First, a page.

A coral update, first up Acropora sp. #3. In April I thought this coral was beyond hope, it was bleached and areas of the frag were dead. Then the lighting schedule was altered and things began to slowly improve. The lovely green colour returned but algae took a hold on the dead skeleton. Now, in June, the Acro is as green as ever and the flesh is regrowing over the bare skeleton. An amazing recovery which highlights just how resilient these corals can be given the correct conditions.
Moving on to Acropora sp. #2, not such good news here I'm afraid. At the beginning of March I discovered that this coral was infested with red bugs, Tegastes acroporanus. I made the decision to try rid the coral of this pest by dipping it in Polyp Lab's Reef Primer, the only treatment I had in house at the time. The dip did work, killing the bugs and the Acro appeared to be pest free for weeks following with good PE. However, recently I've noticed that the coral had stopped growing and the polyps were absent again, Sure enough on close investigation the coral was covered with red bugs once more. Obviously some of the red bugs survived the first dip or remained in the tank jumping back on the coral after it was reintroduced. So, what to do now? In the intervening months the coral has encrusted at the base so removal was not a simple option. I can't deny that I wished that I'd just chucked the coral the first moment I discovered the little blighters thus (maybe) solving the problem straight away. After taking a big breath I deliberated the problem for a few days, revisiting the idea of dipping the Acro again and also the option of biological control. If I thought that adding a Dragonfaced pipefish was a sure fire fix and my tank could have supported one I would have been setting up some copepod cultures straight away in preparation and given one or more a try but it's such hit and miss affair. Some individuals eat them and some ignore them and I cannot in all conscience add a fish that might not thrive just to fix a problem of my own making. I should have QT'd the coral or least dipped it before adding, sigh! Never trust an LFS for a healthy pest free frag! In the end I opted for removing the coral as much as I could before a water change and scrubbing the remaining encrusted base whilst siphoning the water at the same time. Either the encrusted base survives without the bugs which is a perfect result or the encrusted base dies but I'm red bug free which is acceptable or worst case scenario the red bugs are present on another coral in which case I have destroyed a perfectly viable frag for nothing. Stay tuned for updates if you dare.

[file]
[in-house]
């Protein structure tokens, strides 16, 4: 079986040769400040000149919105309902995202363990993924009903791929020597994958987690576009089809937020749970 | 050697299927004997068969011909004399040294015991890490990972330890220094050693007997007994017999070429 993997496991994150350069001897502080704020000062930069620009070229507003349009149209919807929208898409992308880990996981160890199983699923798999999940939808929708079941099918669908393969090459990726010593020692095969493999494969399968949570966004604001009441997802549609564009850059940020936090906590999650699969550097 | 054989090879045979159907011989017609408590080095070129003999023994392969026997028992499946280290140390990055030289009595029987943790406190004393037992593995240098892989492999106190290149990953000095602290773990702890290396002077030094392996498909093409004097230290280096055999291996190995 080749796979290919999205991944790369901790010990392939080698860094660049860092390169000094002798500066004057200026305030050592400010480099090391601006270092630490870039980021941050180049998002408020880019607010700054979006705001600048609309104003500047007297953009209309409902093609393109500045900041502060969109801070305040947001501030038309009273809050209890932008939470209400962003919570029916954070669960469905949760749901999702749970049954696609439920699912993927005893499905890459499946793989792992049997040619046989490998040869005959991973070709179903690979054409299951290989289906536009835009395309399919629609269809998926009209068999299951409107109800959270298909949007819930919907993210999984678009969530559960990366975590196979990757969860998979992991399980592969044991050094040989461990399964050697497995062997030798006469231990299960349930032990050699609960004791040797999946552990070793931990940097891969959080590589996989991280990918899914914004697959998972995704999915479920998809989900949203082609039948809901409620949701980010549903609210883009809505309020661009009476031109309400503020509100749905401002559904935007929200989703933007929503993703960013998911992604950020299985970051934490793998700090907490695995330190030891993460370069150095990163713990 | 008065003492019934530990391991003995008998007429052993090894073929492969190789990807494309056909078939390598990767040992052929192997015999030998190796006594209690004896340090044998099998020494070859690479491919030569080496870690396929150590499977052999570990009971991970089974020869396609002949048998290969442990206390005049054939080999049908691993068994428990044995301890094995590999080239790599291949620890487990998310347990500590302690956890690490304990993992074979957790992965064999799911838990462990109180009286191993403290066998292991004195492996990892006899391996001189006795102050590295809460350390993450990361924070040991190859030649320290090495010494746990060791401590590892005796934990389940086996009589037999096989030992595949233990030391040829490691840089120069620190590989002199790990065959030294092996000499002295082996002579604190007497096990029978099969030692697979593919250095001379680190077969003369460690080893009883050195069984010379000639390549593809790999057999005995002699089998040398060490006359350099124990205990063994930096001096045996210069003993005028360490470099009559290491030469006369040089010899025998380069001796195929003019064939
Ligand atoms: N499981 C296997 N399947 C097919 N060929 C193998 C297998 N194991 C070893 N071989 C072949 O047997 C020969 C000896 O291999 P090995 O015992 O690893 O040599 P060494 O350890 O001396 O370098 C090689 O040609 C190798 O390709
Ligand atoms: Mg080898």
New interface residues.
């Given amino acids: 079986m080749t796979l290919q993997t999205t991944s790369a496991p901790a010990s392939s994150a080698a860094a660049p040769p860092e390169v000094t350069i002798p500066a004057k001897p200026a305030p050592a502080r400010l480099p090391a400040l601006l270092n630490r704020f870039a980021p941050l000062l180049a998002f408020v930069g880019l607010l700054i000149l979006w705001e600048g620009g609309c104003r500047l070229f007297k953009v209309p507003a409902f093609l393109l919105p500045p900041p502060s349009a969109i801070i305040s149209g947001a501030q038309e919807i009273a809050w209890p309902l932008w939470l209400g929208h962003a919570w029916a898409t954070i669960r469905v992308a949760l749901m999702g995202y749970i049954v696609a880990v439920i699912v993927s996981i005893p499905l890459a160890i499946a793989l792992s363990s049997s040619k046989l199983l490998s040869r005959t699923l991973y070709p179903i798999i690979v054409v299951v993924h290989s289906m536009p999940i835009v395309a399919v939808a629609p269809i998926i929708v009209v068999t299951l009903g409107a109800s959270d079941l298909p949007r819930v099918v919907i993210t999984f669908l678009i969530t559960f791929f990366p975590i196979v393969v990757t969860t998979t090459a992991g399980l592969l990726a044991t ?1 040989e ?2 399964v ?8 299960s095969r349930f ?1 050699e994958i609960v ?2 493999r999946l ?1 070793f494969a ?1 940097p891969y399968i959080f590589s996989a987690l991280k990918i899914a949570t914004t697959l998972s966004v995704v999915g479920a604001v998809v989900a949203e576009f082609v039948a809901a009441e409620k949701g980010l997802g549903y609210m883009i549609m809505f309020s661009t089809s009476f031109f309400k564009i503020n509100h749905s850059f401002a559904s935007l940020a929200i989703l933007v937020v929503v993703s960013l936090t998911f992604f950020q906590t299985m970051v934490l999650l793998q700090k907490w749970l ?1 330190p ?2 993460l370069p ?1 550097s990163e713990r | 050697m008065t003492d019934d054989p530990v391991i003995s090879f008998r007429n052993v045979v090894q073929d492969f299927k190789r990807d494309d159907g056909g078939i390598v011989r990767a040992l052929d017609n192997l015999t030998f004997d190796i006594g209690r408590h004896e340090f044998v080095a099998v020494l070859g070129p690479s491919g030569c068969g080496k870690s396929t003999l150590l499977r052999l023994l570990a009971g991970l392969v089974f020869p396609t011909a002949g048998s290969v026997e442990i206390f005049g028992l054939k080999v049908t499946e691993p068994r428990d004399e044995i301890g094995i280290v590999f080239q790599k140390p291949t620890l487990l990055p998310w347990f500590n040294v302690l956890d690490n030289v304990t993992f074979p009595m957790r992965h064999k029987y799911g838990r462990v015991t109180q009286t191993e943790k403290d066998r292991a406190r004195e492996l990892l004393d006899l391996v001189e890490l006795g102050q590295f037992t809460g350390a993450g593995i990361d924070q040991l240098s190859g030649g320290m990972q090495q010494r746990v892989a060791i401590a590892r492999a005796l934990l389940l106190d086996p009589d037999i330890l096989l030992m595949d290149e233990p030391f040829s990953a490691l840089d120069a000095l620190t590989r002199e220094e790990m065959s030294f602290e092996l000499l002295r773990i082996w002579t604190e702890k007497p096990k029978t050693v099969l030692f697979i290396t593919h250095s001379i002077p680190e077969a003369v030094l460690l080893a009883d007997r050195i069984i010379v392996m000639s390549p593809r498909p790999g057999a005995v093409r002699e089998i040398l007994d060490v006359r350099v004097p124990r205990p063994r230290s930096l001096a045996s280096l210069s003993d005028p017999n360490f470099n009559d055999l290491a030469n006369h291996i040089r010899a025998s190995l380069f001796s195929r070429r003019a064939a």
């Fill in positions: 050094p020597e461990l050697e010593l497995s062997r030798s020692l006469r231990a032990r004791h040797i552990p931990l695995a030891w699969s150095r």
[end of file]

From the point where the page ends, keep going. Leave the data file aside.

Hi, my name is Lisa and I live in Derby, UK. I am a self-confessed reefaholic!